In 1341 a subsidy of “ninths” of the yield of corn, lambs and wool was granted to the king by the lords and commons of England to pay for Edward the Third’s wars in France, and the various assessments are given in the “Nonae” or “Ninths” roll. The value of the benefice of West Bridgford at this time was assessed, for taxation purposes, at 26 marks.

During the outbreaks of the Black Death which swept the midland counties in the years 1348-9, 1361-2, and 1369, and in which two-thirds of the clergy are said to have perished, it is probable that two rectors of West Bridgford were carried off by the plague. In the list of incumbents it will be seen that a new rector, John de Aslacton, was instituted in the stead of Henry Luterell 8th July, 1349; while he himself was succeeded by Thomas de Hawerthorpe, or Owthorpe, 23rd September, 1369.6

In the rolls of the mayor and sheriff’s court of the borough of Nottingham is an inventory of household goods, dated 3rd August, 1390, confiscated by order of the court from John de Halam, clerk, and Agnes his wife, for payment of debts. “Thomas, parson of the Church of Bridgeford” received nine shillings.

Considerable information relating to the patronage of the living of Bridgford is to be obtained from a post mortem inquisition dated 10th June, 1496. It was taken in Nottingham on the oath of twelve jurors, including a local man, Thomas Marshall of Brygeford, and it related to the property of Margery, widow of Godfrey Hilton, esquire. This lady was later married to a William Walron. In 1459 Godfrey and Margery had obtained by charter the manors of "Gamalston and Brygeford with the advowson of Briggeford Church” from Sir Richard Byngham, Richard Wyllughby, Robert Wyllughby, John Ingelby, Thomas Hundon, chaplain, and Thomas Byngham. By what right these men held the manor and the advowson we cannot tell, because according to the other manorial records there is an unbroken chain of succession from the Luterells to the Thymelbys through the Hiltons. It may be that they acquired the lordship from the Belesbys, into whose family an heiress of the Luterells married, and whose claim was prior to the Hiltons, to one of whom the same heiress, (Hawisia de Belesby, nee Luterell) later allied herself.7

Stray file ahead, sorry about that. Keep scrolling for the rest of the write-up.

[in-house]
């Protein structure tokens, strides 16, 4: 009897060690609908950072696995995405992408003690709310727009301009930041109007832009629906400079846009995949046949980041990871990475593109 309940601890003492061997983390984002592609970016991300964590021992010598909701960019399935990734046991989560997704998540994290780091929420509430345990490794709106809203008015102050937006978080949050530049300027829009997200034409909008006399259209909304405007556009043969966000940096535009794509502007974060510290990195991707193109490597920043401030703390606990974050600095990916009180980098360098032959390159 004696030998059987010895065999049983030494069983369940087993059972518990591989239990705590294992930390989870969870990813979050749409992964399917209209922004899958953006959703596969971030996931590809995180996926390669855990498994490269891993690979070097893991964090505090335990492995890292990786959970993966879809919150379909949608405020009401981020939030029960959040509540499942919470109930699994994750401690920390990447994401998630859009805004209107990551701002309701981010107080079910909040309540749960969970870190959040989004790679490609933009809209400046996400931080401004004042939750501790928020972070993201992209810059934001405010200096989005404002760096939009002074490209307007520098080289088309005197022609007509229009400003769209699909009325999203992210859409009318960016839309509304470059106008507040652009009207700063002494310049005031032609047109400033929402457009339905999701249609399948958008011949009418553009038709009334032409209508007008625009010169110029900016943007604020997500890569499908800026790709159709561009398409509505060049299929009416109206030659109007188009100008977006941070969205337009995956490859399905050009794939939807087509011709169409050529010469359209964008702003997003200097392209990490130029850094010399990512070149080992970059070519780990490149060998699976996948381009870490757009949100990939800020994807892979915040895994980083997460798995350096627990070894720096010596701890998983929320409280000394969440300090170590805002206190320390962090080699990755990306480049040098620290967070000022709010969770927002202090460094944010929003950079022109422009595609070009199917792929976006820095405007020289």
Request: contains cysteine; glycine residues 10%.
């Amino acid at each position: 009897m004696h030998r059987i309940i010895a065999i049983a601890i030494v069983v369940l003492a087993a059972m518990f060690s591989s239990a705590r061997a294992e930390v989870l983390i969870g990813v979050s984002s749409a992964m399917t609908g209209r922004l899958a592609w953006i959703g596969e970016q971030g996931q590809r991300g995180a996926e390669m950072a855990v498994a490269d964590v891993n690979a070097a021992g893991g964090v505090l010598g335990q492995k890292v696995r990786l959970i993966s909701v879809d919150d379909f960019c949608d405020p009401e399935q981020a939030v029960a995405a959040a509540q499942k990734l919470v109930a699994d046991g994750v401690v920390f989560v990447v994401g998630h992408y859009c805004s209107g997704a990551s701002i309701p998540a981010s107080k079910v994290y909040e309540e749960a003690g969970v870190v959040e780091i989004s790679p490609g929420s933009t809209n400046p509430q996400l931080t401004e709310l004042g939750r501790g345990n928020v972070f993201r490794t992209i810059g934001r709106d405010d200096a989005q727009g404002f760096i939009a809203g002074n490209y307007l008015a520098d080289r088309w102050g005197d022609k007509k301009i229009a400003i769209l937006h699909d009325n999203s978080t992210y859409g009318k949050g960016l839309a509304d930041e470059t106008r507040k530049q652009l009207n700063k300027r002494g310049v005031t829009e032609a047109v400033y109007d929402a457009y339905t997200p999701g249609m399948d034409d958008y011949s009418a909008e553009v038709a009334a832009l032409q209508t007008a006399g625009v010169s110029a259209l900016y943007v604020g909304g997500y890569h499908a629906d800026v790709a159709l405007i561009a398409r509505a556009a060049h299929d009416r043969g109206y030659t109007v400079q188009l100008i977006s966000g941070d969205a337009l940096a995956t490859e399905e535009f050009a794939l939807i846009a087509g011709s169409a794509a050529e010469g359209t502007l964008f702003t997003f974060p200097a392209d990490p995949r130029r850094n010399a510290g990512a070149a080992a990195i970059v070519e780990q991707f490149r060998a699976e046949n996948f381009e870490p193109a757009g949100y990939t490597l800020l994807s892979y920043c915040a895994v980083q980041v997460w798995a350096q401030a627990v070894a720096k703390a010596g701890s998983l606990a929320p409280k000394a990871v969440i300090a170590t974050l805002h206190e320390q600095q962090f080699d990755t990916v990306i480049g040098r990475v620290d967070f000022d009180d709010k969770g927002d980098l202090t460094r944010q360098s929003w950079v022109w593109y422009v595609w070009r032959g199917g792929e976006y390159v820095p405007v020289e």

There is a further inquest, dated 14th June, 1522, after the death of Richard Thymelby, who had married Elizabeth, the daughter of Margery Hilton, mentioned above. This Richard died lord of half the manors of Gamston and Bridgford, and the advowson of the church of Bridgford.8 The manor and advowson remained in the possession of the Thymelbys until it was sold to the Pierponts, about the end of the sixteenth century. But it would appear that Hawisia, a younger daughter of Margery Hilton and her husband Lawrence Brewerne, also held a half of the manor and advowson, since there appear in the court rolls entries of a lawsuit dated Trinity 1498 and Michaelmas 1499. A moiety was claimed from the Brewernes by Sir Henry Willughby, Thomas Hunston and Thomas Hartwell, and a recovery allowed to the same plaintiffs in 1503.9 The marked similarity in the names point to the fact that they were descendants of the owner from whom the Hiltons had obtained the lordship in 1459.

In the reign of Henry VIII a survey was made of all church revenues, known as the Valor Ecclesiasticus. This was a sequel to the dissolution of the smaller monasteries, in pursuance of an act of parliament; all "first fruits” and "tenths” were given to the king in perpetuity. In this same valuation of 1536, the annual value of the rectory of "Westburghford,” then held by Walter Basse, was given as £16 14s., while an annual pension of 2s. had to be paid to the rector of Holme (Holme Pierrepont). The place-name “Westburghford” as given in this return is interesting in connection with the “burgh” or fortress constructed on the south side of the Trent bridge by Edward the Elder or Ethelfleda, to repel the Danish attacks. It is possible that "Westburghford” had survived until the sixteenth century as a parallel to “West Bridgford” in popular speech.

Throsby’s edition of Thoroton’s history of the county (1790) gives the following information:—"Bridgford lordship is an old Inclosure; and owned principally by John Musters, Esq., of Colwick, who is Lord of the Manor . . . Thomas Fuller presented in 1692, Millicent Fuller, Widow, in 1723. Mundy Musters, Esq., in 1749. John Musters, Esq., in 1770.”10 The manor and the advowson remained in the Musters family until the land was sold for building in 1881. For over a century, from 1749 to 1862, the living was held in plurality with that of Colwick.

1 V.C.H., Notts. Vol., I, p. 269.
2. V.C.H., Notts. Vol., I, p. 2669.
3. Torre MSS.
4. Pipe Rolls, No. 40, r. 6—6 Rich. I.
5. Pipe Rolls, No. 45, r. 15, 1 John.
6. Torre MSS.
7. Inqu. Post Mortem, Notts. Vol. 1, p. 14.
8. Inqu. Post Mortem, Notts. Vol. I, p. 124.
9. Thoroton (1790 ed.), Vol. I, p. 120.
10. Thoroton I, p. 121.